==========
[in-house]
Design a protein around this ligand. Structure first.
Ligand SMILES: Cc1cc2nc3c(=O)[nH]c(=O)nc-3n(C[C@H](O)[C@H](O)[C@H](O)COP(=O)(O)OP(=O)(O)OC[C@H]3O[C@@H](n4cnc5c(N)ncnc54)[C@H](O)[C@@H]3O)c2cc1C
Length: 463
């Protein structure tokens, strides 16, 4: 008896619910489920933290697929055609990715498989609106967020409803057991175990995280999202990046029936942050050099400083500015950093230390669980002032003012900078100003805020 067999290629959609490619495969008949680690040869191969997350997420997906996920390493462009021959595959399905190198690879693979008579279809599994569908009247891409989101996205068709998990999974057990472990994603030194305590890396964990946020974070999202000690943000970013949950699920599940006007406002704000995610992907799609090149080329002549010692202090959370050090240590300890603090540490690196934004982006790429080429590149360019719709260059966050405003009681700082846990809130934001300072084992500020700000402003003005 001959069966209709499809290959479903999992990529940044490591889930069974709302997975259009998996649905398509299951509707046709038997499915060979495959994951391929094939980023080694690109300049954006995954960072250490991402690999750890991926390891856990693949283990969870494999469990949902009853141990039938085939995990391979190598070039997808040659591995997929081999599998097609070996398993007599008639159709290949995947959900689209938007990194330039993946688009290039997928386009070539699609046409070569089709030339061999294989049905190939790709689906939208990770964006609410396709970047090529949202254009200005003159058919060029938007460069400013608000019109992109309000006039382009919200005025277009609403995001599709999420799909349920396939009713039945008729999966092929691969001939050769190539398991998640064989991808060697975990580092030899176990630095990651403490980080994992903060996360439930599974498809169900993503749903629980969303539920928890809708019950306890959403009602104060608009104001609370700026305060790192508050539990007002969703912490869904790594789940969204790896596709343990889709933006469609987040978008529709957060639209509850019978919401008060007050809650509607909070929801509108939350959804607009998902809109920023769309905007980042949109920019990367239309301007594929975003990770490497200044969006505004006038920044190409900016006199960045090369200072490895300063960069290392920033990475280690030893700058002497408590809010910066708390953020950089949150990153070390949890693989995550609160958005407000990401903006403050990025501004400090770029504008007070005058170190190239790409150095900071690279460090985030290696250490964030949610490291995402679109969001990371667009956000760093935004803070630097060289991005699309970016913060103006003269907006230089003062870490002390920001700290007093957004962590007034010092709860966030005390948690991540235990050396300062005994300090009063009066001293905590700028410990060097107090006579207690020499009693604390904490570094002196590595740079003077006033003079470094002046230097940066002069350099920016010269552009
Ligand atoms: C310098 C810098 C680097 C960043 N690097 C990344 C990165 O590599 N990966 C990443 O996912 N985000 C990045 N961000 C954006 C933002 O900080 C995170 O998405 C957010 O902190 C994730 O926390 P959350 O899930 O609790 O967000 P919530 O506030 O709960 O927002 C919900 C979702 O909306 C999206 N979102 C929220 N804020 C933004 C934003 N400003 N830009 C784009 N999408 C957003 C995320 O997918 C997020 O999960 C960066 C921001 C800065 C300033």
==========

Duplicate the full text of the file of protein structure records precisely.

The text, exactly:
[in-house]
Design a protein around this ligand. Structure first.
Ligand SMILES: Cc1cc2nc3c(=O)[nH]c(=O)nc-3n(C[C@H](O)[C@H](O)[C@H](O)COP(=O)(O)OP(=O)(O)OC[C@H]3O[C@@H](n4cnc5c(N)ncnc54)[C@H](O)[C@@H]3O)c2cc1C
Length: 463
């Protein structure tokens, strides 16, 4: 008896619910489920933290697929055609990715498989609106967020409803057991175990995280999202990046029936942050050099400083500015950093230390669980002032003012900078100003805020 067999290629959609490619495969008949680690040869191969997350997420997906996920390493462009021959595959399905190198690879693979008579279809599994569908009247891409989101996205068709998990999974057990472990994603030194305590890396964990946020974070999202000690943000970013949950699920599940006007406002704000995610992907799609090149080329002549010692202090959370050090240590300890603090540490690196934004982006790429080429590149360019719709260059966050405003009681700082846990809130934001300072084992500020700000402003003005 001959069966209709499809290959479903999992990529940044490591889930069974709302997975259009998996649905398509299951509707046709038997499915060979495959994951391929094939980023080694690109300049954006995954960072250490991402690999750890991926390891856990693949283990969870494999469990949902009853141990039938085939995990391979190598070039997808040659591995997929081999599998097609070996398993007599008639159709290949995947959900689209938007990194330039993946688009290039997928386009070539699609046409070569089709030339061999294989049905190939790709689906939208990770964006609410396709970047090529949202254009200005003159058919060029938007460069400013608000019109992109309000006039382009919200005025277009609403995001599709999420799909349920396939009713039945008729999966092929691969001939050769190539398991998640064989991808060697975990580092030899176990630095990651403490980080994992903060996360439930599974498809169900993503749903629980969303539920928890809708019950306890959403009602104060608009104001609370700026305060790192508050539990007002969703912490869904790594789940969204790896596709343990889709933006469609987040978008529709957060639209509850019978919401008060007050809650509607909070929801509108939350959804607009998902809109920023769309905007980042949109920019990367239309301007594929975003990770490497200044969006505004006038920044190409900016006199960045090369200072490895300063960069290392920033990475280690030893700058002497408590809010910066708390953020950089949150990153070390949890693989995550609160958005407000990401903006403050990025501004400090770029504008007070005058170190190239790409150095900071690279460090985030290696250490964030949610490291995402679109969001990371667009956000760093935004803070630097060289991005699309970016913060103006003269907006230089003062870490002390920001700290007093957004962590007034010092709860966030005390948690991540235990050396300062005994300090009063009066001293905590700028410990060097107090006579207690020499009693604390904490570094002196590595740079003077006033003079470094002046230097940066002069350099920016010269552009
Ligand atoms: C310098 C810098 C680097 C960043 N690097 C990344 C990165 O590599 N990966 C990443 O996912 N985000 C990045 N961000 C954006 C933002 O900080 C995170 O998405 C957010 O902190 C994730 O926390 P959350 O899930 O609790 O967000 P919530 O506030 O709960 O927002 C919900 C979702 O909306 C999206 N979102 C929220 N804020 C933004 C934003 N400003 N830009 C784009 N999408 C957003 C995320 O997918 C997020 O999960 C960066 C921001 C800065 C300033």